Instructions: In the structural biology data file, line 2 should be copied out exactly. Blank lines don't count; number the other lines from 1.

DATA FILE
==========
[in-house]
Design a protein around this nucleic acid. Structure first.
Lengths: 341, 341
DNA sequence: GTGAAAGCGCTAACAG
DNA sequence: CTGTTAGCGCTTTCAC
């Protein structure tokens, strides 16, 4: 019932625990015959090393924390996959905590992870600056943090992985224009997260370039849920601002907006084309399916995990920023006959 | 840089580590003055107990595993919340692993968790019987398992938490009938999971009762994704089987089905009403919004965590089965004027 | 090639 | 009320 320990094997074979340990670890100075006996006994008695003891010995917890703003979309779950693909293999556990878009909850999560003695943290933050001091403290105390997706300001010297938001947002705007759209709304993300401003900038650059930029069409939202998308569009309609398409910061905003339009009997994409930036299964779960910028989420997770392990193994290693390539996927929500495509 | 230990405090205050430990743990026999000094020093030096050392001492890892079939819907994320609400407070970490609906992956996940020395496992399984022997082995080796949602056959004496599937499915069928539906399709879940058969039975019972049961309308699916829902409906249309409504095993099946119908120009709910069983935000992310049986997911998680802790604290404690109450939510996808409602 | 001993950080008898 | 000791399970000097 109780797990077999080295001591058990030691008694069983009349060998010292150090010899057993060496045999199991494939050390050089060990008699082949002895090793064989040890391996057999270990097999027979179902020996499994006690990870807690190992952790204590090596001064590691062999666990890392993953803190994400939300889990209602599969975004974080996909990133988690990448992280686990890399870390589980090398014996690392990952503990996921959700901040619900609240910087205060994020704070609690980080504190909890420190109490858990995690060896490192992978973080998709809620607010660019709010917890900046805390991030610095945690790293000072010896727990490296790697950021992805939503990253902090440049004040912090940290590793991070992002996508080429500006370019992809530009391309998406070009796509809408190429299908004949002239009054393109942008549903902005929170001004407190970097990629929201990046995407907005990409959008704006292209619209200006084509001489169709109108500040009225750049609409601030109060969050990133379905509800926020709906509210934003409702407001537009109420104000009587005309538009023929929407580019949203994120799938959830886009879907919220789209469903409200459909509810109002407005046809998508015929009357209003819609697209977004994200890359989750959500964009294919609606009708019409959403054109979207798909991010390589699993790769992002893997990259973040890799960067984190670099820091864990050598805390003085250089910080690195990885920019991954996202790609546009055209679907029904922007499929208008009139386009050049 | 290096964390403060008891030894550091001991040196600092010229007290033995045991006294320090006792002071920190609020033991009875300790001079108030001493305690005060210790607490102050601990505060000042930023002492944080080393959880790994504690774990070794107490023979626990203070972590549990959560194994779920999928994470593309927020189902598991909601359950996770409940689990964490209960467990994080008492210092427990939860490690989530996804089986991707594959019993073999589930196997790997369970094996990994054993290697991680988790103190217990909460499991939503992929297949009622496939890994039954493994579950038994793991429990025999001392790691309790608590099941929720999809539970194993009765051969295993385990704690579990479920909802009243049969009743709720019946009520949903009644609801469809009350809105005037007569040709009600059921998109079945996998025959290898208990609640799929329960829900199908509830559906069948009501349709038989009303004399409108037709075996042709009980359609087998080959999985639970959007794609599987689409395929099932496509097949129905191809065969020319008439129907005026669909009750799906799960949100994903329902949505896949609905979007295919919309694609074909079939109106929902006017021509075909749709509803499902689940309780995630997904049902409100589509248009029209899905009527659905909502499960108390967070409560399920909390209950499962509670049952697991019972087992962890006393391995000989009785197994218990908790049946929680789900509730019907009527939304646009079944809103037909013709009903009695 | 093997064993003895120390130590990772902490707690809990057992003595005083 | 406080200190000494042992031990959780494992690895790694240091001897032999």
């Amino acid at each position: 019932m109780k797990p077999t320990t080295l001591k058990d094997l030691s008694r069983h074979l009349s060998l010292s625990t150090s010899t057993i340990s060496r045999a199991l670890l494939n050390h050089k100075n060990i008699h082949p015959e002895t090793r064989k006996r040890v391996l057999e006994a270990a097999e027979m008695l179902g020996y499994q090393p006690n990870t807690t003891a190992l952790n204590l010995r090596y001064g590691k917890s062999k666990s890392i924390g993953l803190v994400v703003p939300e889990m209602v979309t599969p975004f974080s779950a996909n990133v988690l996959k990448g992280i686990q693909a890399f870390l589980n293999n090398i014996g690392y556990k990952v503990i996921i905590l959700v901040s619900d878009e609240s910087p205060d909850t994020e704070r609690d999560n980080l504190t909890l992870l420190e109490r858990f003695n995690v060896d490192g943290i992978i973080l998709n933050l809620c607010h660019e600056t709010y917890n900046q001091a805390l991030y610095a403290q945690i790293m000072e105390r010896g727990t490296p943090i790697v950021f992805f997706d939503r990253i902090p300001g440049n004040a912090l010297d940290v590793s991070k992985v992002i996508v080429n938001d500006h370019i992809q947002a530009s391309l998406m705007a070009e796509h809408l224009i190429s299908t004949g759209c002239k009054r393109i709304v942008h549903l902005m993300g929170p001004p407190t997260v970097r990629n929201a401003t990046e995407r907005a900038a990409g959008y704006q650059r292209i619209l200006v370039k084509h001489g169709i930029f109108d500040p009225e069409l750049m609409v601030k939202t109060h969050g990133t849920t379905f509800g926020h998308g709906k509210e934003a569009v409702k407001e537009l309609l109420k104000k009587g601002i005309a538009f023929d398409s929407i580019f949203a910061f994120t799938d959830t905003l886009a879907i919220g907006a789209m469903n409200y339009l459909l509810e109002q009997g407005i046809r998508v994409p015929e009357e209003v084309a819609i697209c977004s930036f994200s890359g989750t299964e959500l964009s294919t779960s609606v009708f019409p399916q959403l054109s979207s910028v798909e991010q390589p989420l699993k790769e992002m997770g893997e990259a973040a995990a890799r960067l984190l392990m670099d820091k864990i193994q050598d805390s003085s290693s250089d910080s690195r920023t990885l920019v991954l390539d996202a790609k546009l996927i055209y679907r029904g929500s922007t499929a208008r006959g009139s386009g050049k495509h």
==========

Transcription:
Design a protein around this nucleic acid. Structure first.